The way in which oil and gas companies rallied together in order to respond to Covid-19 has been held up as a “great example” of collaboration in the industry.
“Corporate Darwinism” could come to the fore as the energy industry tries to overcome challenges by finding new and innovative ways of working.
The Oil and Gas Authority (OGA) has opened an investigation and is threatening sanctions over a commercial dispute which saw North Sea firms failing to collaborate.
In January 2021, OGUK and Deloitte will launch the latest edition of the UKCS upstream supply chain collaboration review and index. The index is developed from supply chain and operator company feedback and provides an understanding of how effectively industry is working together in what continues to be challenging times for us all.
A wind turbine data-sharing program, which aims to enhance operational performance visibility in the renewables sector, has been launched.
Scottish energy service firms are being encouraged to partner up with their counterparts in France in order to make inroads into its emerging offshore wind market.
Energy services firm Petrofac has signed a Memorandum of Understanding (MoU) with Storegga Geotechnologies in an effort to drive new clean energy developments.
Current market conditions are making oil and gas operators understandably cautious about embarking on mega projects. When they do invest, shorter term payback options such as brownfield developments are generally favoured over longer-term, large-budget greenfield projects.
The North Sea oil industry has been in transition for some years following the collapse of oil prices in late 2014. Large cost reductions have been painfully achieved. Production has increased due to a combination of new fields coming on stream plus a substantial increase in production efficiency to around 75%. But new field investment expenditure has fallen dramatically since 2015 and exploration remains at a relatively low level reflecting principally the maturity of the province as well as oil and gas prices far below their pre-2015 levels.
An innovative North Sea equipment sharing scheme devised to save companies time and money on ordering new gear could be revived next year.
UK offshore oil and gas companies have taken a small backward step in their efforts to work together more effectively, a key survey suggests.
Later this month OGUK and Deloitte will co-host the launch of the 2019 UKCS Supply Chain Collaboration Survey: “From strategy to action –overcoming barriers to change.”
Collaboration is still proving “difficult” for many North Sea supply chain companies, according to a new survey.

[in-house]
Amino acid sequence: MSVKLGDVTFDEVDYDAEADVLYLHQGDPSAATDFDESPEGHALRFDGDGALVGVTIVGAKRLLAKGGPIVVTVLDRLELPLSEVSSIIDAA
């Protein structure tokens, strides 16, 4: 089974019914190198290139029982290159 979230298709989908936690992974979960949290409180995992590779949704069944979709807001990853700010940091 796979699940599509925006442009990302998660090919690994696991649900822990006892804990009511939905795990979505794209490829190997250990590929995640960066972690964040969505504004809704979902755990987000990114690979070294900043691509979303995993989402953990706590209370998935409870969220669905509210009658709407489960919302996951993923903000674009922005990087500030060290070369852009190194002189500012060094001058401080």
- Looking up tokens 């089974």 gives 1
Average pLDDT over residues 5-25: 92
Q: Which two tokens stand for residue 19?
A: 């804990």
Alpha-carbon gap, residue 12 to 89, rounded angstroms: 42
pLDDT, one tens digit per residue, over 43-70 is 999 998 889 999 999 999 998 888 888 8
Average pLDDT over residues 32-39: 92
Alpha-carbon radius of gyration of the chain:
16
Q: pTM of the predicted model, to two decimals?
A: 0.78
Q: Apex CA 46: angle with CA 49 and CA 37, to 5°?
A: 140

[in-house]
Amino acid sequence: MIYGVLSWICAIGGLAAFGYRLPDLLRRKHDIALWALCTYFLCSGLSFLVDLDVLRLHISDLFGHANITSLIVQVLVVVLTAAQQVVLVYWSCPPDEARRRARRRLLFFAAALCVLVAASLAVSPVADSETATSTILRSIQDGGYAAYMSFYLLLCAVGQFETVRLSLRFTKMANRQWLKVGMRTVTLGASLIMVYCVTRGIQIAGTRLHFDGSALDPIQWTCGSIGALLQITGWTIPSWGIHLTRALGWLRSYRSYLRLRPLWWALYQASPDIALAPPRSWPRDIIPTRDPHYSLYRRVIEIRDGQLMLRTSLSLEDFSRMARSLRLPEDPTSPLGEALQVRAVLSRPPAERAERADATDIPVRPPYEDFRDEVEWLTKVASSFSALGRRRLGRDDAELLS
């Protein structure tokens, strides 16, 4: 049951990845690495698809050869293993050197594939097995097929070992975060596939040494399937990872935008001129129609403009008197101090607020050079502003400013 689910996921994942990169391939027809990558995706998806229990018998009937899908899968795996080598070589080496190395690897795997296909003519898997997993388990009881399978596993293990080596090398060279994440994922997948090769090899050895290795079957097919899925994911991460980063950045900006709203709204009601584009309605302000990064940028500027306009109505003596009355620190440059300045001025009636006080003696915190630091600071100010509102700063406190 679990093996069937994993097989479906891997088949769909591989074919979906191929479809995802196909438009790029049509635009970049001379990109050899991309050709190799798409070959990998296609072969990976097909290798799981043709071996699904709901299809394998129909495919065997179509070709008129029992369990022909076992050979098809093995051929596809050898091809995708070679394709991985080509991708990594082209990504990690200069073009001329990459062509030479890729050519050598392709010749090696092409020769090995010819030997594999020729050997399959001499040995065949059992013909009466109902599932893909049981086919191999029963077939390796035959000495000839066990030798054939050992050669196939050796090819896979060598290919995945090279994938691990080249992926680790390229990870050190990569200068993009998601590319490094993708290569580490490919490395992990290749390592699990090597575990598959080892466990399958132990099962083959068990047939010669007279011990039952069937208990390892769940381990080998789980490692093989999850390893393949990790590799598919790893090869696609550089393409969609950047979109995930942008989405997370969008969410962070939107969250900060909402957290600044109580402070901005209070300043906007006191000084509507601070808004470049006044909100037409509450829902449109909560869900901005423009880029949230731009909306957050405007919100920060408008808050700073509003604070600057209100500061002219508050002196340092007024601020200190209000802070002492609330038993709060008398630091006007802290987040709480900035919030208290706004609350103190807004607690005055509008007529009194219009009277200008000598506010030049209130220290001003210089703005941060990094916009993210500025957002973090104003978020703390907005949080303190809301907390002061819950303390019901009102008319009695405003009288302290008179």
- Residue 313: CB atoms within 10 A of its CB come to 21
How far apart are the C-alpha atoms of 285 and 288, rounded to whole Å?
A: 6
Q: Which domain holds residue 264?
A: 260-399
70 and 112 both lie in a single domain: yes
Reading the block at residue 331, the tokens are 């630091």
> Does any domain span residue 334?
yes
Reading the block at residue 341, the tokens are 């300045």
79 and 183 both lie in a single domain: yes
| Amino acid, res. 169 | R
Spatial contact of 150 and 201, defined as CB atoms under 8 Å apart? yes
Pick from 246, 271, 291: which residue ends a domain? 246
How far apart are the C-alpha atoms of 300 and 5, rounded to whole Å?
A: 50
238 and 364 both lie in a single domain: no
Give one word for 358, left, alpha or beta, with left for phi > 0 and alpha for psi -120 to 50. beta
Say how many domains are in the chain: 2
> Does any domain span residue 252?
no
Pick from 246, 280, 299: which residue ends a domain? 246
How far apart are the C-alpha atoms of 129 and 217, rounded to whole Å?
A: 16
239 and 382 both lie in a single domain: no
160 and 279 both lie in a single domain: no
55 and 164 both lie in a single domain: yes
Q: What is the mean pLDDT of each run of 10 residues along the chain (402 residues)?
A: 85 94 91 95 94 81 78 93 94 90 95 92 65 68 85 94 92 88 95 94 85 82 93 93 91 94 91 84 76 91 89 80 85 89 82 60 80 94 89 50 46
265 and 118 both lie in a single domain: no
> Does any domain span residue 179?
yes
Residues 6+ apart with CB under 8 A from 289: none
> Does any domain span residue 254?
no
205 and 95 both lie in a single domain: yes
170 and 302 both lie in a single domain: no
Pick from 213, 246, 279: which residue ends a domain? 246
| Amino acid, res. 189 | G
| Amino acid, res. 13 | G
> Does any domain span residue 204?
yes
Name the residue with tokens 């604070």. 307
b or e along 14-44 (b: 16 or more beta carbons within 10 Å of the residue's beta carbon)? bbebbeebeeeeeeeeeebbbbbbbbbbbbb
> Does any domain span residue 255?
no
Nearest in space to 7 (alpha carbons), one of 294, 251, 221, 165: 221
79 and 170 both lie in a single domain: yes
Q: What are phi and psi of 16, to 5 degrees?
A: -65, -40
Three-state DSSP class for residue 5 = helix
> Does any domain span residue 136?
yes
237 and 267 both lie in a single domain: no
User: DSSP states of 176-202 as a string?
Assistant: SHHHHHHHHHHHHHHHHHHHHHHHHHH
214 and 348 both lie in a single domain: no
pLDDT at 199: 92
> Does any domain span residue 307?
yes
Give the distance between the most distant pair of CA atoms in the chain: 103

Faced with a tough downturn, the oil and gas industry has been working harder than ever to find smarter ways to do business.
Over the past few years, the oil and gas sector has been faced with the severe challenges of a prolonged industry downturn. This has had a profound impact on our sector, changing the way both asset operators and the supply chain approach new project developments, especially in key areas such as the North Sea.
Hard lessons learned but not retained? Jeremy Cresswell looks at a twelve-year old report which shows how little the sector’s attitudes and culture have changed and how nearly identical the identified solutions are, regardless of which major oil price crisis one considers. Corporate memory is very short.
New analysis suggests the North Sea collaboration is on the rise.
Aker Solutions and ABB are joining together to develop new technical solutions for the oil and gas industry, but people shouldn't take that to mean there's a merger on the cards.
Collaboration: what does it mean to you?
Petrofac has teamed up with Faroe Petroleum and Eni Hewett to establish a cost saving partnership across their UK operations in the Southern North Sea. The tripartite agreement is aimed at driving efficiencies and commercial synergies. Petrofac will share logistics across the Schooner, Hewett and Ketch gas fields to share logistics and accommodation services across the facilities.
During the current difficult period faced by the UKCS oil and gas industry, collaboration between the various parties in the offshore industry has been identified as one of the key factors in ensuring that the oil and gas output from the UKCS is maximised. There has been recent discussion in Energy Voice about some of the ways in which this can be done – and some of the problems being encountered, including the publication of some very interesting survey results published by Deloitte. Looking at these things in terms of their legal and contractual dimensions, there might be lessons to take from the way that the (onshore) construction and engineering sector has dealt with these issues in the last decade or so. In that area, particular forms of standard form contracts and the use of “good faith” obligations have been at the centre of trying to ensure collaborative working – with some success.